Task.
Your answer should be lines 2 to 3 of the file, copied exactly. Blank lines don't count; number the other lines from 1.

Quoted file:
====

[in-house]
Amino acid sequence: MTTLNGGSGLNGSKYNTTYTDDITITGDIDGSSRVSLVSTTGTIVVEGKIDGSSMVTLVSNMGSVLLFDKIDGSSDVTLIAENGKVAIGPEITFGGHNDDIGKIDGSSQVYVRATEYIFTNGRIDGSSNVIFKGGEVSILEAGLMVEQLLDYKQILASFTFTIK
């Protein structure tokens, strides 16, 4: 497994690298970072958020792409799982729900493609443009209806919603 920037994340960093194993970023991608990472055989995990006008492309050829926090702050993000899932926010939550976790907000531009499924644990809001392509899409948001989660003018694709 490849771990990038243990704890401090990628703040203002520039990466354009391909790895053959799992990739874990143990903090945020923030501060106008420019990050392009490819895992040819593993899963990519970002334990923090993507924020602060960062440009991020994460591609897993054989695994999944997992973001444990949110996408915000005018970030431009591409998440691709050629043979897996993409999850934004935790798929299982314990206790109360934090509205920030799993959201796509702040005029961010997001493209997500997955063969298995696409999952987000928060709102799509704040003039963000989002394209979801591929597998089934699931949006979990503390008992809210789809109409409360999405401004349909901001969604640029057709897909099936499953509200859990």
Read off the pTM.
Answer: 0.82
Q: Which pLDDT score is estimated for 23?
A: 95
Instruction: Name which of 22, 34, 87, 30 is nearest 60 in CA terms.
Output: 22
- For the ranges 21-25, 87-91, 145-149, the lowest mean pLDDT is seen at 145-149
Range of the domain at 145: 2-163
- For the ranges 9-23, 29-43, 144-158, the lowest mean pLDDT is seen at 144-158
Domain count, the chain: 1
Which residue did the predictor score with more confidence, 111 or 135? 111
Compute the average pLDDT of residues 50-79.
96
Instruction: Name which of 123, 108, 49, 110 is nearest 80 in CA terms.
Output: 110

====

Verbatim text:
Amino acid sequence: MTTLNGGSGLNGSKYNTTYTDDITITGDIDGSSRVSLVSTTGTIVVEGKIDGSSMVTLVSNMGSVLLFDKIDGSSDVTLIAENGKVAIGPEITFGGHNDDIGKIDGSSQVYVRATEYIFTNGRIDGSSNVIFKGGEVSILEAGLMVEQLLDYKQILASFTFTIK
């Protein structure tokens, strides 16, 4: 497994690298970072958020792409799982729900493609443009209806919603 920037994340960093194993970023991608990472055989995990006008492309050829926090702050993000899932926010939550976790907000531009499924644990809001392509899409948001989660003018694709 490849771990990038243990704890401090990628703040203002520039990466354009391909790895053959799992990739874990143990903090945020923030501060106008420019990050392009490819895992040819593993899963990519970002334990923090993507924020602060960062440009991020994460591609897993054989695994999944997992973001444990949110996408915000005018970030431009591409998440691709050629043979897996993409999850934004935790798929299982314990206790109360934090509205920030799993959201796509702040005029961010997001493209997500997955063969298995696409999952987000928060709102799509704040003039963000989002394209979801591929597998089934699931949006979990503390008992809210789809109409409360999405401004349909901001969604640029057709897909099936499953509200859990």